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State Police Warn Of Dangers Of Hot Cars After Death Of Ridgefield Toddler

The temperature inside a car parked in the sun, such as these in Parker-Harding Plaza in Westport, can increase 20 degrees or more in 10 minutes, experts say.
The temperature inside a car parked in the sun, such as these in Parker-Harding Plaza in Westport, can increase 20 degrees or more in 10 minutes, experts say. Photo Credit: File Photo

FAIRFIELD COUNTY, Conn. -- After the death of a 15-month-old boy in Ridgefield in a hot car on Monday, July 7, the Connecticut State Police cautioned residents about the summertime danger.

"Leaving a child of any age unattended inside a closed and/or locked vehicle when summer temperatures begin to sizzle is dangerous and can be fatal," the Connecticut State Police said in a statement.

With temperatures approaching 90 degrees, as occurred Monday, the danger escalates even further, said Gary Lessor, assistant to the director of Meteorological Studies and Weather Center at Western Connecticut State University in Danbury.

"Whenever the sun is at a high enough angle, which s basically from May through early September, you should never leave people or pets in the car," Lessor said. "Even on a 70-degree day with sunshine, the temperature in the car can still rise above 100 degrees because the solar radiation gets trapped in the car."

The heat is dangerous for a child who cannot get out of a car, or for an animal, Lessor said.

"Animals have no way to cool themselves except for panting, so they're basically trapped in a furnace and overheat," he said. "If you're responsible enough to have a pet, you should be responsible enough to leave them at home, even if they're begging for a ride."

The New Canaan Police put out the child safety tips in three steps:

  • Never leave a child alone in a car.
  • Look in your vehicle before locking the door.
  • Call 911 if you see a child left in a car.

As sweltering temperatures continue in Connecticut through the week, parents, guardians, day-care providers and babysitters should remember the severe dangers involved in leaving children in cars, the state police said.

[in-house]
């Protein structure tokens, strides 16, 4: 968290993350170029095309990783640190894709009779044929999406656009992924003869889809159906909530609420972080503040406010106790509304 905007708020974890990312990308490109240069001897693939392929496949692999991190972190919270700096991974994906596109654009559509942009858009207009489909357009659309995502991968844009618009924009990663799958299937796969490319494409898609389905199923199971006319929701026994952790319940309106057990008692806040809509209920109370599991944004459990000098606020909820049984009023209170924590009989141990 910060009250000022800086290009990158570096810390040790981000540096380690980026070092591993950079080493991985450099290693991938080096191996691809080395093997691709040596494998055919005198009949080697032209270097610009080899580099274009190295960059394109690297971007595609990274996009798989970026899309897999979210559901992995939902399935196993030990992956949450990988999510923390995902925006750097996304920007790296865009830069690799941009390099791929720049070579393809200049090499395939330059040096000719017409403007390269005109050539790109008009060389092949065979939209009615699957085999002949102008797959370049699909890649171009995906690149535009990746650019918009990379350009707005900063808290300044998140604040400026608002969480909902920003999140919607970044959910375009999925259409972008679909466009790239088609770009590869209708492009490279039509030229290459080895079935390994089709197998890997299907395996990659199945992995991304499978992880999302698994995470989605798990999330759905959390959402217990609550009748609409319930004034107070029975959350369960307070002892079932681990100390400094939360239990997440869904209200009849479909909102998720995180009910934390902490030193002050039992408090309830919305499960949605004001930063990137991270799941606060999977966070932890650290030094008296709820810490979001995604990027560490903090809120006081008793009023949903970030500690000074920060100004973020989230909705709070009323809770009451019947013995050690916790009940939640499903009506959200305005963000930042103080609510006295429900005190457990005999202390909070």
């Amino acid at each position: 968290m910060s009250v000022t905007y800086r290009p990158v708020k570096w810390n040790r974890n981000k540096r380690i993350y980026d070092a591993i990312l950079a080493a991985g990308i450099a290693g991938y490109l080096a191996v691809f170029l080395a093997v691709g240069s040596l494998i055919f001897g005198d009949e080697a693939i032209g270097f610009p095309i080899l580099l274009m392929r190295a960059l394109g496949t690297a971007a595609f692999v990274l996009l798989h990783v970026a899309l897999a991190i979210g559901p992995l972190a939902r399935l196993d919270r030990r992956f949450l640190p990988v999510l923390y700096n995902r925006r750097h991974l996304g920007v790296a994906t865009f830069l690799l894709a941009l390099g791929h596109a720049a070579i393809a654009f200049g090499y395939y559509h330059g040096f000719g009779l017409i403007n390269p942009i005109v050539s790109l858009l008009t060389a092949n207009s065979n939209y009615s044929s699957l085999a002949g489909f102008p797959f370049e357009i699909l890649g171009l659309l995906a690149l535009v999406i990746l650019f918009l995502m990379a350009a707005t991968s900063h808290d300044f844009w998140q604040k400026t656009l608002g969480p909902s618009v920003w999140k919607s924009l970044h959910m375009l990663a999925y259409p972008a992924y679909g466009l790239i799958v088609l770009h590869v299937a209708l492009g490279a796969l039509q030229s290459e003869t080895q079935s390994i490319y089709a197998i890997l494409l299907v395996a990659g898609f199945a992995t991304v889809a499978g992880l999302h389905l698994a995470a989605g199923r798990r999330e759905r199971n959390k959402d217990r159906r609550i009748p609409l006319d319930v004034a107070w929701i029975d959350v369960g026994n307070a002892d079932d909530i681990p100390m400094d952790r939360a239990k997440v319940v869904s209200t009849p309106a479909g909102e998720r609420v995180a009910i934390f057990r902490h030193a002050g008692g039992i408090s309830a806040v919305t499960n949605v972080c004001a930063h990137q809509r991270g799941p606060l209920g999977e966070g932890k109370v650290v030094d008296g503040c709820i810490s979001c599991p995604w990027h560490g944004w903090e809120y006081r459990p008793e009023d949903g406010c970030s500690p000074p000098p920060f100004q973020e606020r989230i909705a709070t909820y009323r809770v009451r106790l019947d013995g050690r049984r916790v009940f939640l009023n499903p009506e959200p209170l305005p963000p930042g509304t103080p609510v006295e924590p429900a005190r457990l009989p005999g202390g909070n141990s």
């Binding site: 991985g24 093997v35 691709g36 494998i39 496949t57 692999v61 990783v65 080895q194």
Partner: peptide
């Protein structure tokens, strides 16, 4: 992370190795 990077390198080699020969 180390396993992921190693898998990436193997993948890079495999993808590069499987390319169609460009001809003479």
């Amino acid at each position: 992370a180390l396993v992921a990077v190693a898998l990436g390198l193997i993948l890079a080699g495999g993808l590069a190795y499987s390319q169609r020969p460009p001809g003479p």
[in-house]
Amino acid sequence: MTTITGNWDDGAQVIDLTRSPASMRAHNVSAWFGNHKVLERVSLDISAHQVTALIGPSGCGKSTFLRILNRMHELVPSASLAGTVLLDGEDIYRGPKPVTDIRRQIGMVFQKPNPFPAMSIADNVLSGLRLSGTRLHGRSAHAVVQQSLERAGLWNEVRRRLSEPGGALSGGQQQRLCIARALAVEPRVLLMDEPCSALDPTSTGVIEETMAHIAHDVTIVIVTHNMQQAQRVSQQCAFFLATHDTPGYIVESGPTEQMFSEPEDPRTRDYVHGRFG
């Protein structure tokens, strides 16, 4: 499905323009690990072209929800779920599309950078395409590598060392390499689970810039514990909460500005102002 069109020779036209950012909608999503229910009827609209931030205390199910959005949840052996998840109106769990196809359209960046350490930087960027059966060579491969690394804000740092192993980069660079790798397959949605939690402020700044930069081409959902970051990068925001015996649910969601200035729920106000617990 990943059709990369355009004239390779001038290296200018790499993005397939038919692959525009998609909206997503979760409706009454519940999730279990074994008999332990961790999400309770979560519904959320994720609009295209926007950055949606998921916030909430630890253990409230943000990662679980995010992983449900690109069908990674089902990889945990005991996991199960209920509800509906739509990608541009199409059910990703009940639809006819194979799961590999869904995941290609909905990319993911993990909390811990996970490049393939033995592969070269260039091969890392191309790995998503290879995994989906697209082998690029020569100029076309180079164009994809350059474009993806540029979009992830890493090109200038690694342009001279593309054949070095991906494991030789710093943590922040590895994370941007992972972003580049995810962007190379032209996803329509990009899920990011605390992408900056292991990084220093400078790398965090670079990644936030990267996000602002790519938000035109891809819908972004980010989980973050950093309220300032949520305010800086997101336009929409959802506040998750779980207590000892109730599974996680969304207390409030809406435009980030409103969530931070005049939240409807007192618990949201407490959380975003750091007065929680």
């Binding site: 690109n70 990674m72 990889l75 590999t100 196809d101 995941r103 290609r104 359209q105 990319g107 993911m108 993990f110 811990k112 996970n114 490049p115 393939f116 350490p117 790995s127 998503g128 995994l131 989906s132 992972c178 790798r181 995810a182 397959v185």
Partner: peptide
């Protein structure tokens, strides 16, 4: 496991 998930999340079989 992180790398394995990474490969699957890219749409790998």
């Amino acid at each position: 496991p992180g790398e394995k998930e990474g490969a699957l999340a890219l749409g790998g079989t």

In the summer, children sometimes they are supervised less and may play in unlocked cars or trunks. Children should never be left in a locked car and should not have access to unlocked, parked vehicles or trunks.

In 2013, 44 children nationwide died due to automobile heat-related deaths. Since 1998, more than 500 children have died from hyperthermia after being in a hot vehicle. These figures include those children left unattended and those who entered parked cars to play.

"These numbers are troublesome because they represent deaths of babies, toddlers, and young children and these deaths are completely preventable," state police said.

Fifteen children have died to date in 2014 across the U.S.

During summer weather, the temperature inside of a car can rise into the triple digits in minutes. Studies show that “dry heat” temperatures, within a closed vehicle, can become dangerous to small children and infants in only minutes. A high level of humidity can reduce that time by one half.

The Connecticut State Police also urges all drivers to never leave a child unattended inside a car. Under Connecticut Law, leaving a child unsupervised in a motor vehicle may result in a felony charge.

If anyone observes a child left unattended in any car, at any time, but especially on a hot day, call 911, state police said.

"This is a true emergency. You may help save a life," state police said.

Motorists are advised to keep their vehicles locked and never let children play in cars. Make a habit of looking in the car, front and back seats, before locking your vehicle and walking away.

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